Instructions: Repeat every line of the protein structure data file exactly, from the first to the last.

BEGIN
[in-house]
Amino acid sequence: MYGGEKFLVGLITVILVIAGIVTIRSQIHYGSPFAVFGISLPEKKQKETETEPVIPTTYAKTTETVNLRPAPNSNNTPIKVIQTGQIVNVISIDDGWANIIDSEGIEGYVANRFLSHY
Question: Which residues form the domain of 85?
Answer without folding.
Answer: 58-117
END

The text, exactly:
[in-house]
Amino acid sequence: MYGGEKFLVGLITVILVIAGIVTIRSQIHYGSPFAVFGISLPEKKQKETETEPVIPTTYAKTTETVNLRPAPNSNNTPIKVIQTGQIVNVISIDDGWANIIDSEGIEGYVANRFLSHY
Question: Which residues form the domain of 85?
Answer without folding.
Answer: 58-117